Cashews (Recipe: Muhammara, a pomegranate, pepper and nut spread)
Sometimes you feel like a nut.
Sometimes you don't.
Sometimes you feel like a peanut, walnut, pine nut, or even an almond, but sometimes you feel like a cashew, and nothing else will do.
Even though it's not a nut.
One of the world's healthiest foods, cashews actually are the seeds of the cashew apple, which is the fruit of the cashew tree native to northeastern Brazil. Portuguese traders in the 15th Century carried the seeds to Africa; today, India, Brazil, Mozambique, Tanzania and Nigeria are major producers.
Botanically cashews belong to the same family as mangoes, pistachios -- and poison ivy. Culinarily, they're happy to be called nuts, so that's what I call them.
Cashews are more expensive than other nuts, not because they're more difficult to harvest, but because they have to be roasted twice before they can be eaten.
You never see cashews in their shells in the market. Between the outer and inner shells covering the nut, there's a caustic oil that has to be burned off; the first roasting removes the outer shell and the oil. The kernels are boiled or roasted a second time to remove the inner shell. None of this harms the cashew seed inside, but it's a time-consuming, necessary and costly process.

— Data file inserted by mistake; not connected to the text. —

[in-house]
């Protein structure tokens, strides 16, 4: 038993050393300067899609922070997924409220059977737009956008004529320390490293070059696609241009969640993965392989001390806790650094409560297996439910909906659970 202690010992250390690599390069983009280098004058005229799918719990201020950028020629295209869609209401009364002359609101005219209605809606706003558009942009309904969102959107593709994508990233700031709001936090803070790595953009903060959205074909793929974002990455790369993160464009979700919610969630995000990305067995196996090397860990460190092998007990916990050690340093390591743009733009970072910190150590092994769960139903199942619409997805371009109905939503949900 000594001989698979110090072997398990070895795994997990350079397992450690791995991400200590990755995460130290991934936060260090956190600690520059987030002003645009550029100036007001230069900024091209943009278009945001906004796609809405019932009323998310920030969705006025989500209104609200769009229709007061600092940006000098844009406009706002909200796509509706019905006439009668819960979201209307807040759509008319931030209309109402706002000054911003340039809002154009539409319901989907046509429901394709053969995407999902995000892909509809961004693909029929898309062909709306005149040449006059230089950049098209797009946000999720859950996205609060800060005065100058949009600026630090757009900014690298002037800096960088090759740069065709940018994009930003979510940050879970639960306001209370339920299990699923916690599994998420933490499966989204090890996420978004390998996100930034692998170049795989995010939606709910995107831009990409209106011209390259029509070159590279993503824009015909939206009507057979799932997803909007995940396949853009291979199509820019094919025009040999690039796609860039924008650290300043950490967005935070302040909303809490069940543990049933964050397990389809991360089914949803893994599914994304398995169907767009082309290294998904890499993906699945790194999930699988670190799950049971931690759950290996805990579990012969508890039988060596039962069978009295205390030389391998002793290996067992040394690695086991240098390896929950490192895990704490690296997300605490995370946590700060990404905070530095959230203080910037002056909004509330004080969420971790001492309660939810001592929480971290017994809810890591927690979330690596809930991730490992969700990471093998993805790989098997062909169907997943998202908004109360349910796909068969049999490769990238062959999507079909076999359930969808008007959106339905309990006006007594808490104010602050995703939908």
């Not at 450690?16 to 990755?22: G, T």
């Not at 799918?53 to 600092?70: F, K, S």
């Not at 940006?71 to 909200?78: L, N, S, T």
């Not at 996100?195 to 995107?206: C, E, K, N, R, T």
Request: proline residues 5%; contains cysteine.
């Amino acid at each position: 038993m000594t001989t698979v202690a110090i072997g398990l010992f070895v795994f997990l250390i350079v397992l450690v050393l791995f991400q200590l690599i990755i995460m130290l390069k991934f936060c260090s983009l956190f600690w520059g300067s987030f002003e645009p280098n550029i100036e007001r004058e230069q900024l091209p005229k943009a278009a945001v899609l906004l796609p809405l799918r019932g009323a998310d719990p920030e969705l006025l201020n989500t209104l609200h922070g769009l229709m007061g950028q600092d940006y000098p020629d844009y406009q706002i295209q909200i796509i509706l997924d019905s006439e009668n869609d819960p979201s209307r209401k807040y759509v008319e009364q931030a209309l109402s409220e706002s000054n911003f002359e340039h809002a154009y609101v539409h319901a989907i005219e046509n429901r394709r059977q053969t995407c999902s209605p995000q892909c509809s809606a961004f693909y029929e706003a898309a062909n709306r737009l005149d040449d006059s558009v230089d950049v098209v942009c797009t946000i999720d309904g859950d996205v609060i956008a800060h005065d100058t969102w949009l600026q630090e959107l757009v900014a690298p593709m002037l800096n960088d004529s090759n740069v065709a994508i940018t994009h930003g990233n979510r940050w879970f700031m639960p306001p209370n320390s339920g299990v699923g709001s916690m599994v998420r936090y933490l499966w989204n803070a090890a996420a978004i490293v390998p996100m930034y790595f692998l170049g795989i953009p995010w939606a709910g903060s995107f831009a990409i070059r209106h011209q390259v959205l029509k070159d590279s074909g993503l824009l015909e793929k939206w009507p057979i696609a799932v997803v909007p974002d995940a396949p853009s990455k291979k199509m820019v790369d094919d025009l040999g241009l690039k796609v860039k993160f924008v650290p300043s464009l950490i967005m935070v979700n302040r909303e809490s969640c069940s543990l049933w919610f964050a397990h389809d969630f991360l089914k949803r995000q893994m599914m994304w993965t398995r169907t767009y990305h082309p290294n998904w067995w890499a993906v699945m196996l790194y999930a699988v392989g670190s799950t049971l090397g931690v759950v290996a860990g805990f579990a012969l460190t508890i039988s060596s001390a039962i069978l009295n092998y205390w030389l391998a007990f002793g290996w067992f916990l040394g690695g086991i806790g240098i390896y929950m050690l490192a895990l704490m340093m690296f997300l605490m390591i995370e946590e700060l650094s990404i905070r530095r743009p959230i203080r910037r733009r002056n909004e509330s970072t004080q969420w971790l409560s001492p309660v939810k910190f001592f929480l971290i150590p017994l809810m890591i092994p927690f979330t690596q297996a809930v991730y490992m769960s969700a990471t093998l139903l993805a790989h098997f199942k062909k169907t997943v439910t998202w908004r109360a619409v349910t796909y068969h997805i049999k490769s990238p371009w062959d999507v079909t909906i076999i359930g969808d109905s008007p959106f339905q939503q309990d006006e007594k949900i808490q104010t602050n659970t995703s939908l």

Buy cashews either raw, or roasted but unsalted, depending on your recipe. Use raw cashews to make cashew milk, peaches and cream pie, cashew chicken, or cashew-carrot payasam. For quinoa with coconut, chocolate cashew brittle, Thai pineapple fried rice, or mango ginger chicken, get roasted cashews. Salted cashews can be extremely salty, so it's best to buy the unsalted, and add salt to recipes if needed.
To avoid rancidity, store cashews in a tightly sealed container in the refrigerator for up to six months, or in the freezer for a year.
And go ahead... call them nuts. They won't mind.
Muhammara (pomegranate, pepper and nut spread)
Adapted from Mezze by Beverly LeBlanc, this version of muhammara is a Lebanese twist on the traditional walnut-only spread. Serves 6-8, with pita wedges for dipping.
2 Tbsp walnut pieces
2 Tbsp pine nuts
2 Tbsp cashews
8 oz roasted red pepper strips
1/3 cup olive oil, divided
1 small onion, chopped
1/2 tsp ground cumin
2 Tbsp fresh bread crumbs
1/4 tsp Aleppo pepper, or more to taste
1/2 tsp pomegranate molasses
1-2 Tbsp freshly squeezed lemon juice
Kosher salt, to taste
1-2 Tbsp pomegranate seeds, for garnish
In a dry nonstick frying pan over medium heat, toast the nuts until they are slightly fragrant and just starting to color. Add to a food processor along with the red pepper strips. In the frying pan, heat the olive oil, and add the onion. Cook, stirring occasionally, for 2 minutes, then add the cumin and cook for an additional 2 minutes, until the onion is soft.
Add the onion and any oil in the pan to the food processor, along with the bread crumbs, Aleppo pepper, pomegranate molasses and lemon juice. Process until the mixture is a thick paste. Then, with the motor running, drizzle in the remaining olive oil. Taste, and add extra lemon juice or salt, to taste.
Transfer to a serving bowl. If you're not serving immediately, cover with plastic wrap pressed down on the surface of the muhammara and refrigerate. (Can be made up to 3 days in advance.) Garnish with pomegranate seeds when you serve.
Thanks to Cousin Martin for his photo of the cashew fruits.